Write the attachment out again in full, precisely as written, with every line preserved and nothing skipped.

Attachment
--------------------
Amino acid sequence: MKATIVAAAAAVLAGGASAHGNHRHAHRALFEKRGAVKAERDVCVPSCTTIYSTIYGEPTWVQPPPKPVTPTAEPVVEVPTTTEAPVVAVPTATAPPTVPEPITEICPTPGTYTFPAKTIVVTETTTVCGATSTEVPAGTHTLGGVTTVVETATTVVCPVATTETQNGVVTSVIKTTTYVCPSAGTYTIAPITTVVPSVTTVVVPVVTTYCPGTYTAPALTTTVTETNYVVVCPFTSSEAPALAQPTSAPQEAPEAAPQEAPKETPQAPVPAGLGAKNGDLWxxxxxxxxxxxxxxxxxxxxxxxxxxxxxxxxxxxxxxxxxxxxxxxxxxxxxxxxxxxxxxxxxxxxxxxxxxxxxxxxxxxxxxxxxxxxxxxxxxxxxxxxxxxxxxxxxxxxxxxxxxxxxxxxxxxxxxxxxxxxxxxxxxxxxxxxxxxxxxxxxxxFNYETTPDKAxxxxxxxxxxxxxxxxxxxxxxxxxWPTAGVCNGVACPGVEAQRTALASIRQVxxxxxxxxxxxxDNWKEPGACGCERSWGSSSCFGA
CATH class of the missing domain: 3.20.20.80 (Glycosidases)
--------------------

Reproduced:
Amino acid sequence: MKATIVAAAAAVLAGGASAHGNHRHAHRALFEKRGAVKAERDVCVPSCTTIYSTIYGEPTWVQPPPKPVTPTAEPVVEVPTTTEAPVVAVPTATAPPTVPEPITEICPTPGTYTFPAKTIVVTETTTVCGATSTEVPAGTHTLGGVTTVVETATTVVCPVATTETQNGVVTSVIKTTTYVCPSAGTYTIAPITTVVPSVTTVVVPVVTTYCPGTYTAPALTTTVTETNYVVVCPFTSSEAPALAQPTSAPQEAPEAAPQEAPKETPQAPVPAGLGAKNGDLWxxxxxxxxxxxxxxxxxxxxxxxxxxxxxxxxxxxxxxxxxxxxxxxxxxxxxxxxxxxxxxxxxxxxxxxxxxxxxxxxxxxxxxxxxxxxxxxxxxxxxxxxxxxxxxxxxxxxxxxxxxxxxxxxxxxxxxxxxxxxxxxxxxxxxxxxxxxxxxxxxxxFNYETTPDKAxxxxxxxxxxxxxxxxxxxxxxxxxWPTAGVCNGVACPGVEAQRTALASIRQVxxxxxxxxxxxxDNWKEPGACGCERSWGSSSCFGA
CATH class of the missing domain: 3.20.20.80 (Glycosidases)